First, bring the iMac price tag to $450, make it a nice shade of blue that says hello when its turned on. CD read only; no CD burner or DVD. 10 GB hard drive, 128 MB RAM, 600 MHz G3 processor, built in 56k modem, 17" screen, USB ports no FireWire, OS 10.2 and 9.2, make it directly networkable to a windows PC. Mom and dad will buy it for the kids (and the schools will buy them by the hundreds for computer lab.)

Second, do not drop OS 9.2 from education market computers. Schools run a pathetic mix of software, and if your new Mac can't run the old software, those schools that haven't already switched to cheap PCs will.

Third, develop OS 10.2 for Windows PCs. Design it like 10.2/9.2 is now. The PC would be able to switch operating systems like my G4.

Fourth, recruit more dealers. Go after local dealers, not necessarily the big electronics chain stores. Train them in build to order and let them service the education market. School boards like to buy local and trust local service people.

Fifth, Apple should make more of their own software. Virus checkers, utility programs. Develop a software package tailored for the intended home market. Bill Gates et al realized long ago that the money is in software, not hardware.

Lastly - now for the hat trick: It's time to license the operating system. Do it now while you have a superior product, work with licensees, and don't screw them (like last time).

Any idiot with a screwdriver can build a PC. Modern Macs use almost all the same parts as PCs. We are rapidly approaching the day when there will be no mechanical difference between the PC and the Mac. Apple can gain market share, but they have to be aggressive. They have to decide if there is more money in selling two BMWs or if there is more money in selling 1000 Chevys.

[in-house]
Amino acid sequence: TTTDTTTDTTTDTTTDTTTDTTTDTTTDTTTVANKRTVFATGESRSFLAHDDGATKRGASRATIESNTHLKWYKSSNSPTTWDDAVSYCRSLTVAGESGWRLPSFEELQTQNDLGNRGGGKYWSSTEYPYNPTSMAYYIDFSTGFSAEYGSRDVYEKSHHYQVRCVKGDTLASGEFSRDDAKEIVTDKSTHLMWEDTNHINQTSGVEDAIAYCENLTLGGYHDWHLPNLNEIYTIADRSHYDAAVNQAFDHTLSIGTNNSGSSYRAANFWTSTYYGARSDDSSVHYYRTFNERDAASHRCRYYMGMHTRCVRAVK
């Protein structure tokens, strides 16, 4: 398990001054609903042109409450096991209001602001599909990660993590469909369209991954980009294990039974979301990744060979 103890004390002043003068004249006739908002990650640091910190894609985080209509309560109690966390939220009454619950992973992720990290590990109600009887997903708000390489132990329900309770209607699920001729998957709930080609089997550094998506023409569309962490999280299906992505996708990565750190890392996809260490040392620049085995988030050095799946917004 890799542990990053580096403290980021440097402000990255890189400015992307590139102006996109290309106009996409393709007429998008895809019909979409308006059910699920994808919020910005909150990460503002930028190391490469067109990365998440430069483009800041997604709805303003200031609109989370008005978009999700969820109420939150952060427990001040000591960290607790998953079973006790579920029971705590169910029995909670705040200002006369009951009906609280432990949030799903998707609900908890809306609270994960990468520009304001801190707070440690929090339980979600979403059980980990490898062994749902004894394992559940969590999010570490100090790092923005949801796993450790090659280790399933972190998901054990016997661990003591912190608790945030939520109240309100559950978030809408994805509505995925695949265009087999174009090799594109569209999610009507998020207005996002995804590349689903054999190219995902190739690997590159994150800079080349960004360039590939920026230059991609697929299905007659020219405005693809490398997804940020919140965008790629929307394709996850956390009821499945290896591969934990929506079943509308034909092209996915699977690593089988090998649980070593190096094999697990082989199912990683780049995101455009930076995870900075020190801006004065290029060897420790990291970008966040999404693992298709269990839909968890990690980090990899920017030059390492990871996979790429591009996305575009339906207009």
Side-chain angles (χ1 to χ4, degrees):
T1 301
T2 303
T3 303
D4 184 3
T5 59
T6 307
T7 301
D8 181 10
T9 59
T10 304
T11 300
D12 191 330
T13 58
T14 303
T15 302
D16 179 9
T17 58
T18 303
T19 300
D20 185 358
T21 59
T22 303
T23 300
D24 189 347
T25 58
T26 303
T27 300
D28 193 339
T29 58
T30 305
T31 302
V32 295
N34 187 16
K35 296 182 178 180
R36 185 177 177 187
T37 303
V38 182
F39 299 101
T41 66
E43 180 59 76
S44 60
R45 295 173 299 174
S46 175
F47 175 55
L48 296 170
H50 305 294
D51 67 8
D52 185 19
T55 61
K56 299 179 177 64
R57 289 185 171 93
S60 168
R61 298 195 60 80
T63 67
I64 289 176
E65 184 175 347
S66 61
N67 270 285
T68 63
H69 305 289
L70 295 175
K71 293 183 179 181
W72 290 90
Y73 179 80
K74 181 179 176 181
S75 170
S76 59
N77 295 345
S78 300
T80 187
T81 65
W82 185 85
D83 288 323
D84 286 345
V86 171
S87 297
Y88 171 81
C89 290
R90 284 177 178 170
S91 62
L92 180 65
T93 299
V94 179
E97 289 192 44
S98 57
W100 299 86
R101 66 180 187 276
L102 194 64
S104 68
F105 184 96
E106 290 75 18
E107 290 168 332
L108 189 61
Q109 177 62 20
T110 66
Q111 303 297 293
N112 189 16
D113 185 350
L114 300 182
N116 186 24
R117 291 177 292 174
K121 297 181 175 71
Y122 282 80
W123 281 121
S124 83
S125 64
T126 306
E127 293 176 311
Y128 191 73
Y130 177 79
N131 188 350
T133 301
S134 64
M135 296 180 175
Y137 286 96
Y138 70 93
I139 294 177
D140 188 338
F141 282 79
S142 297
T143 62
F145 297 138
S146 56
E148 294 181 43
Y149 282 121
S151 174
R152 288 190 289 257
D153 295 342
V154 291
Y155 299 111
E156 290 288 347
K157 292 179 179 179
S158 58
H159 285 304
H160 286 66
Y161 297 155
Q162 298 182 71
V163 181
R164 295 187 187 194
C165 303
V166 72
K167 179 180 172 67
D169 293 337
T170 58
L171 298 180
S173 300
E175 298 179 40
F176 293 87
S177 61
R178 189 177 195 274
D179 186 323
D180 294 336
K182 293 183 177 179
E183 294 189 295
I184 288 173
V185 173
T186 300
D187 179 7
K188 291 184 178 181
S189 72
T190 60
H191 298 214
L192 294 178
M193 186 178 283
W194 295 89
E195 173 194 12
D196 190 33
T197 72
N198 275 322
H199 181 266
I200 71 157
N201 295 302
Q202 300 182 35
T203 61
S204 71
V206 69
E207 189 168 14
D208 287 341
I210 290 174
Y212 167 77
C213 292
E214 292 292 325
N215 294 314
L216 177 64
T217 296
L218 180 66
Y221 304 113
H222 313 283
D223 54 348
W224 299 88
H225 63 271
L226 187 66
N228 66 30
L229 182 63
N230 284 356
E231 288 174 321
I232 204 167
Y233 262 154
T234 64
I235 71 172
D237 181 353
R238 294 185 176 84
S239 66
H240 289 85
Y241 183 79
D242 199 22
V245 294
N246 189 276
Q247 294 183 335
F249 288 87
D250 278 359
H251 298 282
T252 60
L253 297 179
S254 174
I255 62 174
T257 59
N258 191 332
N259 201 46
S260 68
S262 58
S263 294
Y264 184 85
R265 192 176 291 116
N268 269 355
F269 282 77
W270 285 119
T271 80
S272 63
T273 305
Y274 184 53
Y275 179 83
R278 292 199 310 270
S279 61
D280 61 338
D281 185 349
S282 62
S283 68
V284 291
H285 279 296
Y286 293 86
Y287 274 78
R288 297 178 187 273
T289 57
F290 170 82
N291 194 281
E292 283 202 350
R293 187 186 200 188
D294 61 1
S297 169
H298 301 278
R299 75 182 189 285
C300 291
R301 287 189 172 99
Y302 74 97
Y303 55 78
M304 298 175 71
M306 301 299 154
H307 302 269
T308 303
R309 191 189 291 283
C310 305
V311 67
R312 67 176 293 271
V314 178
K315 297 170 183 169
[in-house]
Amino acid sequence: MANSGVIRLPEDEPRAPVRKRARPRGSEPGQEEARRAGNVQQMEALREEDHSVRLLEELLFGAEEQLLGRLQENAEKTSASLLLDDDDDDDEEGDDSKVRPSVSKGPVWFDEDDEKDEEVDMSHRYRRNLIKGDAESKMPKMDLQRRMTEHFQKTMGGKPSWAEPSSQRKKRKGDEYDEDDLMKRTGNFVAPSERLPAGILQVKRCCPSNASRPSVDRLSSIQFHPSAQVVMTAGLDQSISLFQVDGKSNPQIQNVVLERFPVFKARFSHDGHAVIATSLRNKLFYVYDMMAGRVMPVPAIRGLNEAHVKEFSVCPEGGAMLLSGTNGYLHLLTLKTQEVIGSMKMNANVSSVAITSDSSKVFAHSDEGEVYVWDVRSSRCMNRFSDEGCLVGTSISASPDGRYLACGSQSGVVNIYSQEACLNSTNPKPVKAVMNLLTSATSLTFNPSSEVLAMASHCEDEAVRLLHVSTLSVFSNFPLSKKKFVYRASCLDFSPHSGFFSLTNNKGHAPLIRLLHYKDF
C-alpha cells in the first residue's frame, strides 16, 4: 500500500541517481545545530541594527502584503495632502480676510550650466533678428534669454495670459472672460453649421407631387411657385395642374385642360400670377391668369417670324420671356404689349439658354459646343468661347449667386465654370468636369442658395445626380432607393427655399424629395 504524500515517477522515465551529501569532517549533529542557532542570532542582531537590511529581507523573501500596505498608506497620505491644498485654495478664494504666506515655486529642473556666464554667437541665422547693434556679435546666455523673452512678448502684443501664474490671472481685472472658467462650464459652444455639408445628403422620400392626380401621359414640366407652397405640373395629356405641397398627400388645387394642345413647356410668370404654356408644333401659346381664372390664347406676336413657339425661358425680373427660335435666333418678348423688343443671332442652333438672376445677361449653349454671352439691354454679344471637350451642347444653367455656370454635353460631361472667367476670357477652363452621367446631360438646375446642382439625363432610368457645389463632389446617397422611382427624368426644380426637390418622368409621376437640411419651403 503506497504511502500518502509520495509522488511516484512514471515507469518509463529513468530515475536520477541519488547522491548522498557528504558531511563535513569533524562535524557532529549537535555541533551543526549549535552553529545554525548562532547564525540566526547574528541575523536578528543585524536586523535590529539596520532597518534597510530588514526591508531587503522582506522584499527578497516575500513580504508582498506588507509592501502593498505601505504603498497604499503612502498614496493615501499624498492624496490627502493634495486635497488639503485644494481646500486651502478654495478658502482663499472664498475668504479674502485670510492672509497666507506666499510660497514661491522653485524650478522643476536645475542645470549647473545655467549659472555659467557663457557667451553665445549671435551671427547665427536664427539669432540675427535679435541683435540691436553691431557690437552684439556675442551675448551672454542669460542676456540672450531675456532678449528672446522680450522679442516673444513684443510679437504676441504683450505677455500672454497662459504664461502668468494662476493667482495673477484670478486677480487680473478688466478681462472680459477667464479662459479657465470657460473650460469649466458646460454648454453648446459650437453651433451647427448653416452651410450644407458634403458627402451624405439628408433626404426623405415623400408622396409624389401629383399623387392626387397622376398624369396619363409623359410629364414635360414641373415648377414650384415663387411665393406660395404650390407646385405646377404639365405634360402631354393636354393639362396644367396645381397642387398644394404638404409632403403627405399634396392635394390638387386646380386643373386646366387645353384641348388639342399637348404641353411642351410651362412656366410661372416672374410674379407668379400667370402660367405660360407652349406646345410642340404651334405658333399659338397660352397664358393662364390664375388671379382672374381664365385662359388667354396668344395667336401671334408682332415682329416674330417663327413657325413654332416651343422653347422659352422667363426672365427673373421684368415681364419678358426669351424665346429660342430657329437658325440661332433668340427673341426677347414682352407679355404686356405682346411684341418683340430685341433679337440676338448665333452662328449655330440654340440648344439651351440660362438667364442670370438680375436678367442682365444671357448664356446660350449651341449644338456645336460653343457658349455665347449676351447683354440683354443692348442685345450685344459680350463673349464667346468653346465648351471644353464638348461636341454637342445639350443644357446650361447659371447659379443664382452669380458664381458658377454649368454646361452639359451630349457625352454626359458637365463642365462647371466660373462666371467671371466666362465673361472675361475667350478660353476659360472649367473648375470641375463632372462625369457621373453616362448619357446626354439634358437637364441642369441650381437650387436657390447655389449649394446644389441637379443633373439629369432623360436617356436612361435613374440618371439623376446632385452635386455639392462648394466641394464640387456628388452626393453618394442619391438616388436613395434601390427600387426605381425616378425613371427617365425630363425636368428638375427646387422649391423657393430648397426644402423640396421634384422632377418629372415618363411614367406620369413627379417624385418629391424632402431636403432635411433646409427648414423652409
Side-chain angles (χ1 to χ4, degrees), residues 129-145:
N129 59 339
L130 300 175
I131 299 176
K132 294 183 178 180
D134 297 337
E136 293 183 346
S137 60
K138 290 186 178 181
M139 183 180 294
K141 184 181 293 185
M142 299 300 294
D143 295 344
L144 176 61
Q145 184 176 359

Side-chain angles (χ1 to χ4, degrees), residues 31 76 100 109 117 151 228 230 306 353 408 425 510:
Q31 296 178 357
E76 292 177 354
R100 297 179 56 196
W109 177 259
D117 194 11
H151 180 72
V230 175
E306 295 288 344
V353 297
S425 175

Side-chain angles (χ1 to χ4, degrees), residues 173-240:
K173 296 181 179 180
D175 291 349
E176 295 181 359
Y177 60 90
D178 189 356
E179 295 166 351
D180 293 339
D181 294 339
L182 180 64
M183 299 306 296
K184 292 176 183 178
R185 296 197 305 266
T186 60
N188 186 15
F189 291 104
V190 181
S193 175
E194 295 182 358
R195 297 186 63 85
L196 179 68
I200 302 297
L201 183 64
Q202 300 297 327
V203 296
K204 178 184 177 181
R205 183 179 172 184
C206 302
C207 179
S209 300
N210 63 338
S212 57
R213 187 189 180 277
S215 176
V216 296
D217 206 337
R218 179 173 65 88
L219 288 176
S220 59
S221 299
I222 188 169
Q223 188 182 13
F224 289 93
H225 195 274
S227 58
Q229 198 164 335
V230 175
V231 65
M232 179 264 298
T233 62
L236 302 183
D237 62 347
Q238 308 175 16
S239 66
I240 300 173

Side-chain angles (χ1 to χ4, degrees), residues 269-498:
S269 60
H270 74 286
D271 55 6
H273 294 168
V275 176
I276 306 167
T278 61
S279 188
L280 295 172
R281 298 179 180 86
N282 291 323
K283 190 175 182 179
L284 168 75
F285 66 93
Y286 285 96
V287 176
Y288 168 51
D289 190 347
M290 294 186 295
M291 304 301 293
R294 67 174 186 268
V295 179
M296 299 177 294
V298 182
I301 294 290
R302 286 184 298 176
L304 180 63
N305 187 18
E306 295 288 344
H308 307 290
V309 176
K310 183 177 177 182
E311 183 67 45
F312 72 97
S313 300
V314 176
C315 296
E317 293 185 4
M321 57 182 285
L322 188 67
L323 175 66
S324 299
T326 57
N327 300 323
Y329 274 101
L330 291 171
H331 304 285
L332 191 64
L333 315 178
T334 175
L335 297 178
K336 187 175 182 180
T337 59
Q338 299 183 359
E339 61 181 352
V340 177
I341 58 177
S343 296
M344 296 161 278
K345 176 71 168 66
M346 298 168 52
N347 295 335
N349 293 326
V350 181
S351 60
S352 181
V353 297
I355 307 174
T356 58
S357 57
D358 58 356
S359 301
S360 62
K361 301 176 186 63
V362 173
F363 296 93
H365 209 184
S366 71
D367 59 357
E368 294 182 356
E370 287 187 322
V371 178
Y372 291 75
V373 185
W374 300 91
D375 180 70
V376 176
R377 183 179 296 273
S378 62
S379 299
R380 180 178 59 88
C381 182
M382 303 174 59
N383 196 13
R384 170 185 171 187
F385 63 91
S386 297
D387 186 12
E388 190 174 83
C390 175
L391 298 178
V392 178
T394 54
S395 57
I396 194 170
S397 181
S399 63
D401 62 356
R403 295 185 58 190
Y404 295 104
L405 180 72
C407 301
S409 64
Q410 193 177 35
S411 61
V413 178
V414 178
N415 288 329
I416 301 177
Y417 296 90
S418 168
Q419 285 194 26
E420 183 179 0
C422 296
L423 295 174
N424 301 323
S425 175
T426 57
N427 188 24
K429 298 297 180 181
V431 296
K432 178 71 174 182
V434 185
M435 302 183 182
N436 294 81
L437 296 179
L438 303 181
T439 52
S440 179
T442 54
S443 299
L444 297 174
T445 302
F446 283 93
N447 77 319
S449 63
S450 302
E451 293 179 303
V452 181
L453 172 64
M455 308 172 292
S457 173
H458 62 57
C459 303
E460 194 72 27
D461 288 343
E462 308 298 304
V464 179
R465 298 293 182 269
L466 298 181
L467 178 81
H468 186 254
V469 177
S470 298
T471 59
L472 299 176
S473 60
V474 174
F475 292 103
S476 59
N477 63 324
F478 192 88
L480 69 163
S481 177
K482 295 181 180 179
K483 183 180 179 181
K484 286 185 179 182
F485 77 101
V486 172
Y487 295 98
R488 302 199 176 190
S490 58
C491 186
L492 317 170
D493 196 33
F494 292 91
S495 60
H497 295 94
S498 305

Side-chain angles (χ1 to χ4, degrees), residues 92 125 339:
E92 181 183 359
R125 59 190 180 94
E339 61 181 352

From E McCann:

I've been reading the cube/no cube/low cost Mac for schools items with interest, and something ended up coming to me:

The Quadra 605. Tiny, sure. Needs an external display. Sure. Cheap...?

Take the G3 iMac "gumdrops," cut off the CRT, possibly go for the external [power] brick, and what you have sitting in front of you looks amazingly similar. With a CD-RW instead of a floppy, and speakers in the front.

Take the latest idea of selling laptop 12" and 14" screens separately (give some secure, built in mount to them) and, for general use, you've got what could well be a cheap, school-lab or classroom Mac. Set up an upgraded (G4) version for areas that *really* need it (video production classes, teacher units). Other than that, is a G4 *really* needed for en masse paper typing, 'net searching, and the like?


I hope to post more personal thoughts on this issue next week. I really like some of the ideas I'm seeing posted on Low End Mac and elsewhere. I do wonder, though, whether some sort of low-cost Mac design convergence here on the Mac Web has any chance of impacting the people at One Infinite Loop who make the decisions.

Keeping my fingers crossed that we do make a difference.

Dan Knight, publisher